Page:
“Child Catchers” Author in NY Times Opinion…and Response

Amidst our deeply polarized era, it’s refreshing to see how often orphan care and adoption transcend traditional divides.  The new CHIFF legislation, for example, has drawn together a bi-partisan group of Senators one might never see pairing up on any other issue.

Sadly, a minority of voices on the political Left seem more concerned that evangelicals are among those leading the charge for orphan care than about the fact that children face the world without families.

That’s a mistake on so many levels.  Most people of goodwill can find common ground on at least a few essentials here:  that it’s tragic that millions of children today face the world without families, and that we need to do more—not less—to help them find loving homes.

The New York Times this weekend published another hard-hitting opinion editorial from the author of The Child Catchers, Kathryn Joyce, titled “The Evangelical Orphan Boom.”  Although a bit more nuanced than the book, this article again tried to force orphan care into “culture war” boxes.

I had the chance to provide a succinct response via a Letter to the NY Times Editor, below and here.  (If you’re interested in an in-depth response, read “A Frank Analysis of the Child Catchers.”

To the Editor:

“The Evangelical Orphan Boom,” by Kathryn Joyce (Sunday Review, Sept. 22) offered important cautions for those seeking to care for orphans but ultimately obscured the most important truth of all. Indeed, as the essay argued, international adoption carries real risk of moral hazard and unintended consequences. This is true of any effort to address deep human need and demands great discernment and care.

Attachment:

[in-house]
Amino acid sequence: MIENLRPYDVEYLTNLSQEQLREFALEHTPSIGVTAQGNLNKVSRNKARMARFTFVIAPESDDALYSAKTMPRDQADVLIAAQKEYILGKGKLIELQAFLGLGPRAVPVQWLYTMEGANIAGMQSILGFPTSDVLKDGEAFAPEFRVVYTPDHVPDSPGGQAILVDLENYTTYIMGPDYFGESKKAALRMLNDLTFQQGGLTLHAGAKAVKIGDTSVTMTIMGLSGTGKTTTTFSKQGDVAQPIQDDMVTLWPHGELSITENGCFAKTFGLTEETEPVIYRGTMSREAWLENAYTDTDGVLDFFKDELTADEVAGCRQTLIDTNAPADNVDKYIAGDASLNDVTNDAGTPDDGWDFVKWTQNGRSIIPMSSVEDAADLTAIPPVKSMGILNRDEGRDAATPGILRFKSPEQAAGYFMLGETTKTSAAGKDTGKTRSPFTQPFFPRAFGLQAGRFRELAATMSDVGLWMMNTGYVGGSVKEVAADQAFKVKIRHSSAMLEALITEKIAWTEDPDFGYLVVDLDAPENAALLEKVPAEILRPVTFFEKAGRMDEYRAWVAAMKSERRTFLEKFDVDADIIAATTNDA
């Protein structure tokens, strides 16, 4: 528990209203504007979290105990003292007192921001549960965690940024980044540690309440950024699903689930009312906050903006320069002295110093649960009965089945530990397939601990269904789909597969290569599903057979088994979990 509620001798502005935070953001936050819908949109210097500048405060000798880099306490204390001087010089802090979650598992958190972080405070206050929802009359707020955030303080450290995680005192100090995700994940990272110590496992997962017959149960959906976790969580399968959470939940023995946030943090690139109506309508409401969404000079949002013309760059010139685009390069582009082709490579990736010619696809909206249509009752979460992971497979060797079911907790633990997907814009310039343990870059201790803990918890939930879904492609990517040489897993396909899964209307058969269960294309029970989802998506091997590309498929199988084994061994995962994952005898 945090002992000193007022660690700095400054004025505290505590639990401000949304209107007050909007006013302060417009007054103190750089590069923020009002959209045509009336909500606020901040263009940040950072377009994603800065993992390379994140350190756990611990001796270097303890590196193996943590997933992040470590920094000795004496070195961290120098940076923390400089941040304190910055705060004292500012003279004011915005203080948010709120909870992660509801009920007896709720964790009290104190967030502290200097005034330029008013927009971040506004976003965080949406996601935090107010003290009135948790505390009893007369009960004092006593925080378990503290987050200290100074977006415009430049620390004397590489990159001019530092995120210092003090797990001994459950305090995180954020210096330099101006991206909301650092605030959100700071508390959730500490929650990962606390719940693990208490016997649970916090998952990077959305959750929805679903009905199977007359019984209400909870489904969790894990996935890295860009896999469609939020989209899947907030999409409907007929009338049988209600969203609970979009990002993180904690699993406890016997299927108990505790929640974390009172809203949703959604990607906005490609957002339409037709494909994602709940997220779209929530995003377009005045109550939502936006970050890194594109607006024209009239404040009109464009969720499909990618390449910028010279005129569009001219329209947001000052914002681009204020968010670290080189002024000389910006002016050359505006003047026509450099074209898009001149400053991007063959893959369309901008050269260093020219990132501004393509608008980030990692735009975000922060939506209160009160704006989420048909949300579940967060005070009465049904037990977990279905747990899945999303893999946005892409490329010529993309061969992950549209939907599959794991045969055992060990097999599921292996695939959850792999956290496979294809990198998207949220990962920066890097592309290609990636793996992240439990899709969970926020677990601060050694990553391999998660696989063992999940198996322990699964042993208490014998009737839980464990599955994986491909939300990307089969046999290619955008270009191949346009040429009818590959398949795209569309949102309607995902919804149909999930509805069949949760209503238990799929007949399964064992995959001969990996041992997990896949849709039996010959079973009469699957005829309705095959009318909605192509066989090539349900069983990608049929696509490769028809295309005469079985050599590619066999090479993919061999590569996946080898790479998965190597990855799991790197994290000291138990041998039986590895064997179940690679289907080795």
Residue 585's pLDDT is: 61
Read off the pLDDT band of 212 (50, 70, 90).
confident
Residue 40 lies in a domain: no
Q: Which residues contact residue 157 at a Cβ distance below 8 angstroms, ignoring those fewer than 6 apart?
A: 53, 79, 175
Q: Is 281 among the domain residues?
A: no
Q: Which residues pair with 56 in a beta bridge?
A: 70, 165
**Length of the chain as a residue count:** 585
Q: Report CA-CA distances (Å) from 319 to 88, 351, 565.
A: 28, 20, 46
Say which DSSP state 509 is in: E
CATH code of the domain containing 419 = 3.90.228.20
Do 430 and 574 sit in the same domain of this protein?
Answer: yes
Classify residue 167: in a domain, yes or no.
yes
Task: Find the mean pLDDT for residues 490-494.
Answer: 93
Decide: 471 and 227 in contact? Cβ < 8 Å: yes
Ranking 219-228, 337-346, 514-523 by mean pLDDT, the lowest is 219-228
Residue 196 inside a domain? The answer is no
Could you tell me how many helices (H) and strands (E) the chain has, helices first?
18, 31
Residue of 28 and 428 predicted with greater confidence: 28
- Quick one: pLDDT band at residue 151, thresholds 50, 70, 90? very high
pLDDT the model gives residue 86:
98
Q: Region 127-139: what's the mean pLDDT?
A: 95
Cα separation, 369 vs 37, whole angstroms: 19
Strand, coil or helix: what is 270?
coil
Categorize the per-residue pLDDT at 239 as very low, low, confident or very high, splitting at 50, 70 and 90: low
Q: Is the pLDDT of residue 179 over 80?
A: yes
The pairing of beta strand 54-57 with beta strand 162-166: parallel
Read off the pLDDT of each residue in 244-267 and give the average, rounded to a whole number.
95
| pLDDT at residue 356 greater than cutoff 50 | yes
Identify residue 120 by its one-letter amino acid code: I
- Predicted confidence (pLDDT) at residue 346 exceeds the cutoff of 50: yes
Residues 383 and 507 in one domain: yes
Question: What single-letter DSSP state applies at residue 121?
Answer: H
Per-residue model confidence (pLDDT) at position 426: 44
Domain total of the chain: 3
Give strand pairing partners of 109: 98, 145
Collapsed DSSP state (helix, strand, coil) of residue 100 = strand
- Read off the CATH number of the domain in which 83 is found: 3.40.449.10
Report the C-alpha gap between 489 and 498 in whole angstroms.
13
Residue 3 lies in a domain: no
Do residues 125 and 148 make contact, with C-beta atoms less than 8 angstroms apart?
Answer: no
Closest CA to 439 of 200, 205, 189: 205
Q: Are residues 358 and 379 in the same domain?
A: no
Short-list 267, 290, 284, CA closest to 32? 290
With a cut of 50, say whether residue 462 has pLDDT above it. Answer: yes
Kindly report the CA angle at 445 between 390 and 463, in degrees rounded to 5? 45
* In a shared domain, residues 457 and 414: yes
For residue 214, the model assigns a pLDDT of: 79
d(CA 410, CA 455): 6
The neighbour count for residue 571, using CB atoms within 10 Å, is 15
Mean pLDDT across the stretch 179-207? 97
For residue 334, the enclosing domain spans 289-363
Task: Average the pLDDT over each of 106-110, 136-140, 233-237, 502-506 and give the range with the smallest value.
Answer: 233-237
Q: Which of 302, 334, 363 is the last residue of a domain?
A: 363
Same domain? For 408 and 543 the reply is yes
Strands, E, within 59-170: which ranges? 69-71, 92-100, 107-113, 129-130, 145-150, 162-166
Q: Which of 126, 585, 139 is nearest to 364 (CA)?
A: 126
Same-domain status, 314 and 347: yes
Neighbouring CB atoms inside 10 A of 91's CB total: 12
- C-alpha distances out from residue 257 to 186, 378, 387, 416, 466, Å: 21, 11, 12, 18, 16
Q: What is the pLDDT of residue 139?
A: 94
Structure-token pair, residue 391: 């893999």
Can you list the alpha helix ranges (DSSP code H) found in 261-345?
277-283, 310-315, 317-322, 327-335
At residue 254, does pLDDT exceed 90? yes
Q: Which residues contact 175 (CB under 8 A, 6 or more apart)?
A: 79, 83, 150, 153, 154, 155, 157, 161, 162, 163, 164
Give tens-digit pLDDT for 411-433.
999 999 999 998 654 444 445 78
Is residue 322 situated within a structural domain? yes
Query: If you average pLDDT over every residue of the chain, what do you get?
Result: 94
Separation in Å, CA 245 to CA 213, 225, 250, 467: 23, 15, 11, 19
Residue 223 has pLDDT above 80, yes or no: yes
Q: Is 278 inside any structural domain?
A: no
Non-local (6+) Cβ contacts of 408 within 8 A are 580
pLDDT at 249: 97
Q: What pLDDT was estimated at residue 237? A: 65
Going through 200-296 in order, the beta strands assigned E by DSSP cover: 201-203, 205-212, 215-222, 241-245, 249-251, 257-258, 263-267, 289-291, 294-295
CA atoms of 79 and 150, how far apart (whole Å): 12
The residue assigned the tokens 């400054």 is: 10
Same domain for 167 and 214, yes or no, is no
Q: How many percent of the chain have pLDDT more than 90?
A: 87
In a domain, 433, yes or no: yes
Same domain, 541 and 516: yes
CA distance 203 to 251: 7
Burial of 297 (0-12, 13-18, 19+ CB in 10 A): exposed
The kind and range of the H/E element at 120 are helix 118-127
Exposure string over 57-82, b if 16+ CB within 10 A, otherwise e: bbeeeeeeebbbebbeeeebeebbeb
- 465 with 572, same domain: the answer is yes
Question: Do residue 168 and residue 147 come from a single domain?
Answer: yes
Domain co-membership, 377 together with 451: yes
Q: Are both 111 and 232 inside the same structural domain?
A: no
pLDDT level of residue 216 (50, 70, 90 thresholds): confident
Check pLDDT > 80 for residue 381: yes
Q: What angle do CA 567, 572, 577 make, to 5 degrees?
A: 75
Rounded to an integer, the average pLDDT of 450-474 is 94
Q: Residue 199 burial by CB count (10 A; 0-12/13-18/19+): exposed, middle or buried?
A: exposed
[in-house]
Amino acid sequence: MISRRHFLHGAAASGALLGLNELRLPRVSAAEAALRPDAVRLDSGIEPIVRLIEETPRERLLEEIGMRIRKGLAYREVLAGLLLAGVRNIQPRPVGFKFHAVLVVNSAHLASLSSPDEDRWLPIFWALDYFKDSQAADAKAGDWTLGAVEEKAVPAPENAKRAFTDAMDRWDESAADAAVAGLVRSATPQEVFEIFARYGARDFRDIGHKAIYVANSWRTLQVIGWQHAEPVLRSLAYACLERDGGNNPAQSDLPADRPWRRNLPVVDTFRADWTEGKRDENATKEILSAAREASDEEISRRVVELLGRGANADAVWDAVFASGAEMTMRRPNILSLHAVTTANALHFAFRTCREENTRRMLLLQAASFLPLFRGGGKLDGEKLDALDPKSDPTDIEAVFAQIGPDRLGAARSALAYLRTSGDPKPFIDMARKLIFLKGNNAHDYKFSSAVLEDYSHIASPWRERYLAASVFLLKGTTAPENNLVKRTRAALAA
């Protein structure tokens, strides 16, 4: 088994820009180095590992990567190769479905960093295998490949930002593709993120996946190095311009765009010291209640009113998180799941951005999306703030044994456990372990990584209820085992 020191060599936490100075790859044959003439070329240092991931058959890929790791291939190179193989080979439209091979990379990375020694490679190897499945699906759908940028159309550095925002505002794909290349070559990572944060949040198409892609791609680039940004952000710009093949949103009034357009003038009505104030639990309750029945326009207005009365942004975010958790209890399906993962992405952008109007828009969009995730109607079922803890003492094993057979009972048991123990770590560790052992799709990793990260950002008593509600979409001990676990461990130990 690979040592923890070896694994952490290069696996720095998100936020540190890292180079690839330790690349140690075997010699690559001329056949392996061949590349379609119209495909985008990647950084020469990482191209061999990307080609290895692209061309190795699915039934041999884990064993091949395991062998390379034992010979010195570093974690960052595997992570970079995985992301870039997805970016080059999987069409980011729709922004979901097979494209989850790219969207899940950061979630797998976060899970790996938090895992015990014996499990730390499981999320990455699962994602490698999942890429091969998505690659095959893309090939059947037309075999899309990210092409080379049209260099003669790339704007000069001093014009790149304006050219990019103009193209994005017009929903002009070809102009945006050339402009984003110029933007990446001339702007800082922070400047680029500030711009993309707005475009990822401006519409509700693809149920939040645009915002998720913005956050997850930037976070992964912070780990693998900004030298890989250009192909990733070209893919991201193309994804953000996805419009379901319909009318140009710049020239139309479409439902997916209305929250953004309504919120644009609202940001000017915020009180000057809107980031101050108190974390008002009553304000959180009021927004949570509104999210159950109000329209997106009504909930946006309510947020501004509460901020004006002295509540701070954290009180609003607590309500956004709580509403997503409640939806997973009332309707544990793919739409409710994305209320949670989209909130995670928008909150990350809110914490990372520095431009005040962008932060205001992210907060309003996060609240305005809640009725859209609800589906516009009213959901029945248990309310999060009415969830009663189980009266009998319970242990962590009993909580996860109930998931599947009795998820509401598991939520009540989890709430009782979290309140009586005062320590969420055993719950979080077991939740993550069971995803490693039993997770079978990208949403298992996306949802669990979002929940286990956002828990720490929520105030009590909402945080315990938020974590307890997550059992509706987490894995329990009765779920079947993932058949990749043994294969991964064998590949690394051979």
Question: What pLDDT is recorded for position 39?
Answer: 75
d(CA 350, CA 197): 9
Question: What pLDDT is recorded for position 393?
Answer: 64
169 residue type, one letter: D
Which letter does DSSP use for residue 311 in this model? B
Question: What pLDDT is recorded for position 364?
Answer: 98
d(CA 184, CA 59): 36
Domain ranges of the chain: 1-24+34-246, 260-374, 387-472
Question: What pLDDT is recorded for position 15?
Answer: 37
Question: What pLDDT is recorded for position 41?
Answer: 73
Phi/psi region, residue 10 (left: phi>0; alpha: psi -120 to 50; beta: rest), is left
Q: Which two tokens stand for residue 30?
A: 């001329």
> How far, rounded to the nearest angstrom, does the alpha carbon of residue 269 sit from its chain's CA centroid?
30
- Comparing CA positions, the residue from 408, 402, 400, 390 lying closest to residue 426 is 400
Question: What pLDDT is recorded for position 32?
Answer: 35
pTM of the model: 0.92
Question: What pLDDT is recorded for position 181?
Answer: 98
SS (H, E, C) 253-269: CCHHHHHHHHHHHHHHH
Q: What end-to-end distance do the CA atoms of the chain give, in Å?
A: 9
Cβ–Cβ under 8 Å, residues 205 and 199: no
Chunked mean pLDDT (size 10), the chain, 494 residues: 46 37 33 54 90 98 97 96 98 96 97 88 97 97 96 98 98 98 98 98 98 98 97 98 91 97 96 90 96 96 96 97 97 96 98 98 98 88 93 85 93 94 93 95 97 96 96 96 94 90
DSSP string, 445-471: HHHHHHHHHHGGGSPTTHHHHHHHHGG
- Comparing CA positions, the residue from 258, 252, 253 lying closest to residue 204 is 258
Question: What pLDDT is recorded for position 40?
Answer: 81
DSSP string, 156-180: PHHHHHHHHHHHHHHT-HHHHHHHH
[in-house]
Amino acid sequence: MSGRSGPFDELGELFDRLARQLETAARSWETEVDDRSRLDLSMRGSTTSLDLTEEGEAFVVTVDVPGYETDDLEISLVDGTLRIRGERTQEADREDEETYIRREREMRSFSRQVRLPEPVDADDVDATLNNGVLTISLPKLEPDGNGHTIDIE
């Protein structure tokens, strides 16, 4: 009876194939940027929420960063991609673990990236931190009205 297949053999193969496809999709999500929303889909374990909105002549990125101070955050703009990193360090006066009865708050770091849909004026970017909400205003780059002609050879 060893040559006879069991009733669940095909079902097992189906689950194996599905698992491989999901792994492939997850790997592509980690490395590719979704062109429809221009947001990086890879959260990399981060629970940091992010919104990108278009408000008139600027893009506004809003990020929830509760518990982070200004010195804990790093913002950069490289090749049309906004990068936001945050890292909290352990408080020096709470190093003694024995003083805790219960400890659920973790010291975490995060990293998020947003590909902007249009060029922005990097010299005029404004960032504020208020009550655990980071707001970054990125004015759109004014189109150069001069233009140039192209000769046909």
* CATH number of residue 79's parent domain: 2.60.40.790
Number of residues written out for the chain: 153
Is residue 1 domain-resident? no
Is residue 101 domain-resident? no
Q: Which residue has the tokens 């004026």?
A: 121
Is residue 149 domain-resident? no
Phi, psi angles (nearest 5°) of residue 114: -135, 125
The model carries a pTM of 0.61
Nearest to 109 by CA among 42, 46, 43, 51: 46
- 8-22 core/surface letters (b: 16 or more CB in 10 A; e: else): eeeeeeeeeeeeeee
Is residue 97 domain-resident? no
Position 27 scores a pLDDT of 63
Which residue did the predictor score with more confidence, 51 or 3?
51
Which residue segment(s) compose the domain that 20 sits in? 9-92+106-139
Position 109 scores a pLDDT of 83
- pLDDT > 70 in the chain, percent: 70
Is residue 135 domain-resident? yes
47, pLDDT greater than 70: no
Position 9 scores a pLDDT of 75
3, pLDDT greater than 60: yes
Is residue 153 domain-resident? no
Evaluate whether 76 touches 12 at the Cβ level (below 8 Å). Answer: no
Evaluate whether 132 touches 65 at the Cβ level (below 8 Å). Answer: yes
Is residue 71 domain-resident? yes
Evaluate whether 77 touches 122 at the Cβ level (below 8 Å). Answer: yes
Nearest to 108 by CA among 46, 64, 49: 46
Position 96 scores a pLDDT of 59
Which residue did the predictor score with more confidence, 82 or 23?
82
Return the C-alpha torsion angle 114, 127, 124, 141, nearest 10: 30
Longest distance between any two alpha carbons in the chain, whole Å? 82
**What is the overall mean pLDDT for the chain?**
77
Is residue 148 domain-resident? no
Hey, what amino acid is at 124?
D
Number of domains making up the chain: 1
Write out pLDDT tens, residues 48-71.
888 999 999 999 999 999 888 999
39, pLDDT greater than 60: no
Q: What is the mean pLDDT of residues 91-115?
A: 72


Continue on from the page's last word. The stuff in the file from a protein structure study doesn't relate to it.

The growth in action by Christians to aid orphans amplifies these hazards. Whenever efforts to aid the destitute increase, both positive and flawed outcomes tend to increase also.

But these important truths must never obscure the reality that  millions of children today live without the love and protection of a family. Many can be reunited with relatives. Others can find other welcoming homes nearby. And for some, the only hope of a permanent family lies with foreign adoption.

Today’s Christian engagement in orphan care includes all of these priorities. Caution and critiques are necessary in any such endeavor. But these actions can also serve as a rallying cry to all people of good will, reminding us that complexity must never become an excuse for inaction.


President, Christian Alliance for Orphans

I’d also commend a compelling blog post by a Katherine Jay, a Jewish lawyer with a “liberal background.”  Jay defends orphan care efforts by Christians and makes incisive suggestions as to how they should effectively respond to unfair attacks.  I wouldn’t agree with Jay on every point, but its very insightful and well worth the read.  The post begins, “A couple months ago, I wrote a post in defense of the evangelical orphan care movement, despite my differing religious affiliation….But after watching the unrelenting media attacks on the orphan care movement, I DO see a problem now. And this is what it is:  You haven’t been fighting back.”

Read the full article, The Delegitimization of Orphan Care.